Is There Anyone Alive In There?

Dr. Ella Stack is the author of the above-named book. It is a pithy work – fascinating really – just forty-eight pages. It received the sub-title: Our Cyclone Tracy, Darwin, Christmas 1974.

The book has a Dedication and runs like this:

This book is dedicated to the resilience of the people of Darwin – to all those who survived the unbearable horror of Cyclone Tracy at Christmas 1974 and to those who did not.

Ella then quotes from Patrick White’s, The Eye of the Storm:

If only you could describe your storm, but you could not. You can never convey in words the utmost in experience. Whatever is given you to live, you alone can live, and re-live, till it is gasped out of you.

Who among us has not entered, undergone, lived and relived a “storm”? It is part and parcel of human experience. And when it is finally “gasped out of us” by the flow of time, by nature, by an event or by God himself, we are changed and transformed.

What is equally remarkable is “peace” in the midst of the “storm.” In the “storm” of his passion, Jesus pronounces:

Peace I bequeath to you, my own peace I give you, a peace the world cannot give, this is my gift to you (John 14).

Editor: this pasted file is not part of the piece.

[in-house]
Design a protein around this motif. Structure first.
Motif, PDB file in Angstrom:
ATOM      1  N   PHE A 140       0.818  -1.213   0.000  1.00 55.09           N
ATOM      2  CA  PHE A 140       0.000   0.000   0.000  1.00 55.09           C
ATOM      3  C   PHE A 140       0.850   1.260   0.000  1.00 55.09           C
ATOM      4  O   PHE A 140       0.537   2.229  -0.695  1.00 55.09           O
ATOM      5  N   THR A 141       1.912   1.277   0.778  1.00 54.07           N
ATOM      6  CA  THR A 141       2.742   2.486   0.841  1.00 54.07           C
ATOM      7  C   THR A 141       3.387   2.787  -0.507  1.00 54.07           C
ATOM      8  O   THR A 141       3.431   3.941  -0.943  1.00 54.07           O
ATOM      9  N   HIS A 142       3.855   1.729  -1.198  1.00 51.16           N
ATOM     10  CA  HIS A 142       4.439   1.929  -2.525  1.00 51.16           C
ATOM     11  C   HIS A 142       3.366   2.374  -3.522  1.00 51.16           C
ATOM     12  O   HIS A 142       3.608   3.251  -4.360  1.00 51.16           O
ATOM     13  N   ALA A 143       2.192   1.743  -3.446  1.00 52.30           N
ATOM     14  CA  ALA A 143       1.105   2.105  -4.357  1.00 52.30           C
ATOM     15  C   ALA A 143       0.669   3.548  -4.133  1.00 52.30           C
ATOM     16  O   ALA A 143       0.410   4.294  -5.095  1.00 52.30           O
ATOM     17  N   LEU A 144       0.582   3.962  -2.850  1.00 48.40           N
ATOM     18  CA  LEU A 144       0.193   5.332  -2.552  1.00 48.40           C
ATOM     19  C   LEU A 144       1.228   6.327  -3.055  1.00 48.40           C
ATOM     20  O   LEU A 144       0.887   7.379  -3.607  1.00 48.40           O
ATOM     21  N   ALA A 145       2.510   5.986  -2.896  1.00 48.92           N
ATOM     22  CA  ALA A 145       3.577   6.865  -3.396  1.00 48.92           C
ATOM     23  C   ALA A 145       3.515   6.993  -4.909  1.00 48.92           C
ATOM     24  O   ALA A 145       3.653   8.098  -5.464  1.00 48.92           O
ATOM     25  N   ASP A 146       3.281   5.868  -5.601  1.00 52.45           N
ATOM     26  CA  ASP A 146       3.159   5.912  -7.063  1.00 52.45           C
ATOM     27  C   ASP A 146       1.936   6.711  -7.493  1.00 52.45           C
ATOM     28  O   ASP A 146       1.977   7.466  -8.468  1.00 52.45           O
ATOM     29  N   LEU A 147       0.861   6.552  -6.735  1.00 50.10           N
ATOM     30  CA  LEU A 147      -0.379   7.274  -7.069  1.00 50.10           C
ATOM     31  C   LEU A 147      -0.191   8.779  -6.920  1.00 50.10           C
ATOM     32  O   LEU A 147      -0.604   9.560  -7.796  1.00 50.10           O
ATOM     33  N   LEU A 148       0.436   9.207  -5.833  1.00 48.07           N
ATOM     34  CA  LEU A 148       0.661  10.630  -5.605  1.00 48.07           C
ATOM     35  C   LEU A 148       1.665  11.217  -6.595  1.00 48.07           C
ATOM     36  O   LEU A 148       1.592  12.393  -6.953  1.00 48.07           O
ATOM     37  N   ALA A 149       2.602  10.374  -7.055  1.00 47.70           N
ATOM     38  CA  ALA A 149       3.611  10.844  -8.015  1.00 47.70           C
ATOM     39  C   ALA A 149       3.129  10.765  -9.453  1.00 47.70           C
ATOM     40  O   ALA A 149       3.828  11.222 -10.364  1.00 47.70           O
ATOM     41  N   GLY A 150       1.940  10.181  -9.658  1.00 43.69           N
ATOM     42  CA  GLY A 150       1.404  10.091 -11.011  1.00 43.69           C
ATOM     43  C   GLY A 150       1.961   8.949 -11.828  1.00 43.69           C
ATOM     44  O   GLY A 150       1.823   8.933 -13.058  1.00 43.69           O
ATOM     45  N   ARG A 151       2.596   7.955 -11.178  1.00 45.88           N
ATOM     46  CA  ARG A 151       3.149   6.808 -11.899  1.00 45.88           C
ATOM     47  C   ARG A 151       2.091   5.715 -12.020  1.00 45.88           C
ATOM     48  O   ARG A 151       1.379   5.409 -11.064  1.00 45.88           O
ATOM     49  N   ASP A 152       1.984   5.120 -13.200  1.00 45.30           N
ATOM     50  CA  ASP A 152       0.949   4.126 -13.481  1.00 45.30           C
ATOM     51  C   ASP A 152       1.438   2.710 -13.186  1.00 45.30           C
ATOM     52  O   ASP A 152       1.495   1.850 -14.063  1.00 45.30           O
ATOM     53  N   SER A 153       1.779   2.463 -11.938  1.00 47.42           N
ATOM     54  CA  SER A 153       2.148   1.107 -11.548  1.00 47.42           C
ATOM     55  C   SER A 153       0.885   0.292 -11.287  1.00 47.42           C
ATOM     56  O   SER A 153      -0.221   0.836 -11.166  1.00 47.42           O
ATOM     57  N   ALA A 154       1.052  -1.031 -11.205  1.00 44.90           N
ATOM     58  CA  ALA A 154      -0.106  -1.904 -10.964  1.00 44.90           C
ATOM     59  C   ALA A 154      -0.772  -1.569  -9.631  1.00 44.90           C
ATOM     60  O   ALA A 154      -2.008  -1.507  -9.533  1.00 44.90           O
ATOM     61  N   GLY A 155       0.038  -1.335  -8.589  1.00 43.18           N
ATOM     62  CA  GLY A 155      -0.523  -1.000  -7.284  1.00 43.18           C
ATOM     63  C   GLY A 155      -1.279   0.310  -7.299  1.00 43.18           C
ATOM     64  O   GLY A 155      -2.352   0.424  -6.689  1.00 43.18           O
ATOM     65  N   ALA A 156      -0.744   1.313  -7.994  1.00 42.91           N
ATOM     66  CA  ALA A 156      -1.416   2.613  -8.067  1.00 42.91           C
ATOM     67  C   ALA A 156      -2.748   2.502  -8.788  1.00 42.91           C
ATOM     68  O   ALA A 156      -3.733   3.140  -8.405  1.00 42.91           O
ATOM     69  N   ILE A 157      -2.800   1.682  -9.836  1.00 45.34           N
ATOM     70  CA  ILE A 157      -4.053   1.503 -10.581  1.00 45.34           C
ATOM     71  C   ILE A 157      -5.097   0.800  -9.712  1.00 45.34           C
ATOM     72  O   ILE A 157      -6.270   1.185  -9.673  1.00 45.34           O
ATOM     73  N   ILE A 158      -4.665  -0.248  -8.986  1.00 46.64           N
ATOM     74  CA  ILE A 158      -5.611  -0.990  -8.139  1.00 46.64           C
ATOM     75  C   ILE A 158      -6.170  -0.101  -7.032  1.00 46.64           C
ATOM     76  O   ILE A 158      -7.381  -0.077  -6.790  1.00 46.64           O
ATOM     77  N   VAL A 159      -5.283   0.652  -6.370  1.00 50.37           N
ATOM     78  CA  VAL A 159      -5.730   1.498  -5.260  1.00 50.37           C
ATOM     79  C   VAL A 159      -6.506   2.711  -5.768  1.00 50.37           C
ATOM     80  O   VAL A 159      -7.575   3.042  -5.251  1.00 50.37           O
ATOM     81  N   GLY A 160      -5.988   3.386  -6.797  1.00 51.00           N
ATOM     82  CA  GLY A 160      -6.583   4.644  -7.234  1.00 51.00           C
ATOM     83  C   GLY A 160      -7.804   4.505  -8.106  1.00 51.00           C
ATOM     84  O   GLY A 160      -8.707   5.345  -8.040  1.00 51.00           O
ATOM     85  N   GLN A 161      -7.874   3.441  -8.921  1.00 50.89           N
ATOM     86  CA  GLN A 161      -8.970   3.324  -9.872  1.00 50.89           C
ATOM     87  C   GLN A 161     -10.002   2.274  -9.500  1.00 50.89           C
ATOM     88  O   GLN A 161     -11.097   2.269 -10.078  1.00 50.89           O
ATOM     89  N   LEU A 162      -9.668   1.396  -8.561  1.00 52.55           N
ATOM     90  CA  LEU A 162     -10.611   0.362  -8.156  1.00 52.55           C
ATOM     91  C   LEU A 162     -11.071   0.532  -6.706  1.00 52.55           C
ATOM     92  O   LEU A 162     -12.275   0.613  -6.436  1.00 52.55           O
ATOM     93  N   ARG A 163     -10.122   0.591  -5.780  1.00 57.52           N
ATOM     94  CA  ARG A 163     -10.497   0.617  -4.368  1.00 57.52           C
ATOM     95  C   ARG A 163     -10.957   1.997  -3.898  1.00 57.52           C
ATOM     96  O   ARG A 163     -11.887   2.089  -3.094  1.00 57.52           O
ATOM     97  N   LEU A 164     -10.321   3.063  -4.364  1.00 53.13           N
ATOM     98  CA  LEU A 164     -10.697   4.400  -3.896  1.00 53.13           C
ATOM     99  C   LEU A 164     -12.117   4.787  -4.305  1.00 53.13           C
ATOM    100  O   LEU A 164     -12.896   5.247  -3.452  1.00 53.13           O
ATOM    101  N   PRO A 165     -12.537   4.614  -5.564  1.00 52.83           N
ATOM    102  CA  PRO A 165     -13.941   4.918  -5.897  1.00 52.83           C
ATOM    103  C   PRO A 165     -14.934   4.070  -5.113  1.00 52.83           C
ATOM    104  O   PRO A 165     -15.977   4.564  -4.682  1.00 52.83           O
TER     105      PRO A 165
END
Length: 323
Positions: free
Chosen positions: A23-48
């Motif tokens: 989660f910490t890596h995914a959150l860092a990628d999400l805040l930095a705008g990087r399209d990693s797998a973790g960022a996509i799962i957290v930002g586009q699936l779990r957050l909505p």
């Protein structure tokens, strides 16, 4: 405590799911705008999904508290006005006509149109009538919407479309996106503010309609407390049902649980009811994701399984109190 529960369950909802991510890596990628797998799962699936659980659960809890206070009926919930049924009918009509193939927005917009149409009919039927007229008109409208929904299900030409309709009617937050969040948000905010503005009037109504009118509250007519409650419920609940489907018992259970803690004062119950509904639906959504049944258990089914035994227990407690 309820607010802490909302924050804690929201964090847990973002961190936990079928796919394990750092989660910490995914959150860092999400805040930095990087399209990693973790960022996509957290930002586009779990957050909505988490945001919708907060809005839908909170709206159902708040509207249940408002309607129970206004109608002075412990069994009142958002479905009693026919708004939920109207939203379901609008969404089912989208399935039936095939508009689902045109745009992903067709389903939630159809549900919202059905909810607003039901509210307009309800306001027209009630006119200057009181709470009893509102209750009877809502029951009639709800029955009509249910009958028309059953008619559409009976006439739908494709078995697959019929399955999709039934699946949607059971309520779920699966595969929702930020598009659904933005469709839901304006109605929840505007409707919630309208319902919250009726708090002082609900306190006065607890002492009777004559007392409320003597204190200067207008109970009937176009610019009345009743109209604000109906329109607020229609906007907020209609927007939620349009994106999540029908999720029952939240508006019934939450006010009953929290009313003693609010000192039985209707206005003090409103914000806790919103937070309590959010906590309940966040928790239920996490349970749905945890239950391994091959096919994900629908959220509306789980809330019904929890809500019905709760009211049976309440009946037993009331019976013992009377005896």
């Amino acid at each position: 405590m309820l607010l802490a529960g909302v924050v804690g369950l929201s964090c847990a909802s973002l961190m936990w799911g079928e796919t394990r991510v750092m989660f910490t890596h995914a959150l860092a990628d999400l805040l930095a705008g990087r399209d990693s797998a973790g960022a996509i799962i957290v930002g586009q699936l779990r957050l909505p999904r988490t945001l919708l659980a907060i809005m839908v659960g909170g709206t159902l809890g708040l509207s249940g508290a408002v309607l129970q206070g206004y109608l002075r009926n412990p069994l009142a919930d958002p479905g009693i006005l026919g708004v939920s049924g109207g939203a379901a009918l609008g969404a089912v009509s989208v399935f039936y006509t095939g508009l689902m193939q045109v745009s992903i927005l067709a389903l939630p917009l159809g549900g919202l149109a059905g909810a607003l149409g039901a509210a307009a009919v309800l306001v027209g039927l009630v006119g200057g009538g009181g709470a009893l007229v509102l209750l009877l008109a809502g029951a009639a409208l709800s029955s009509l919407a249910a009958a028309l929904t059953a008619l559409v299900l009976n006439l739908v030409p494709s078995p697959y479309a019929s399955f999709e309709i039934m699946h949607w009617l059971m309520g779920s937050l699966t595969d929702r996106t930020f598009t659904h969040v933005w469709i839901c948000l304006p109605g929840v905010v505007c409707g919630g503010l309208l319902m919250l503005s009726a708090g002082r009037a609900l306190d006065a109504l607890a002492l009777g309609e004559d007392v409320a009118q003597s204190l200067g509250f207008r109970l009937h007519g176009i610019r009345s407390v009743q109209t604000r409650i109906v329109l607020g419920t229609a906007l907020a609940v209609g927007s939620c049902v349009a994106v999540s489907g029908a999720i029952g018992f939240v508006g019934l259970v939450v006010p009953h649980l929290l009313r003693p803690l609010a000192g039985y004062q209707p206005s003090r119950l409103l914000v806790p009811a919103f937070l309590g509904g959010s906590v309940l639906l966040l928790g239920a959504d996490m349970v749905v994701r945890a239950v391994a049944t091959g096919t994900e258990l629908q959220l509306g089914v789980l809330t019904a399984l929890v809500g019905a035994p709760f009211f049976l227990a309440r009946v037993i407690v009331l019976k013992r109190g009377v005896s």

These words come from the Last Supper and Jesus repeats them again to us in his glorious resurrection. “Peace be with you,” he says to us as he rises to new life.

In human thinking, “peace is the fruit of justice.” Justice is that cardinal virtue that directs right relationships. What do I owe my wife, my husband, my children, my parents, my employee, my employer, my community, my country? The fruit of trying to be just is peace.

But there comes a time when we need the gift of peace. And the gift we are offered is the peace that resides in the heart of Christ.

May we so position our lives that we can receive such a gift – in the midst of our personal and collective “storms.”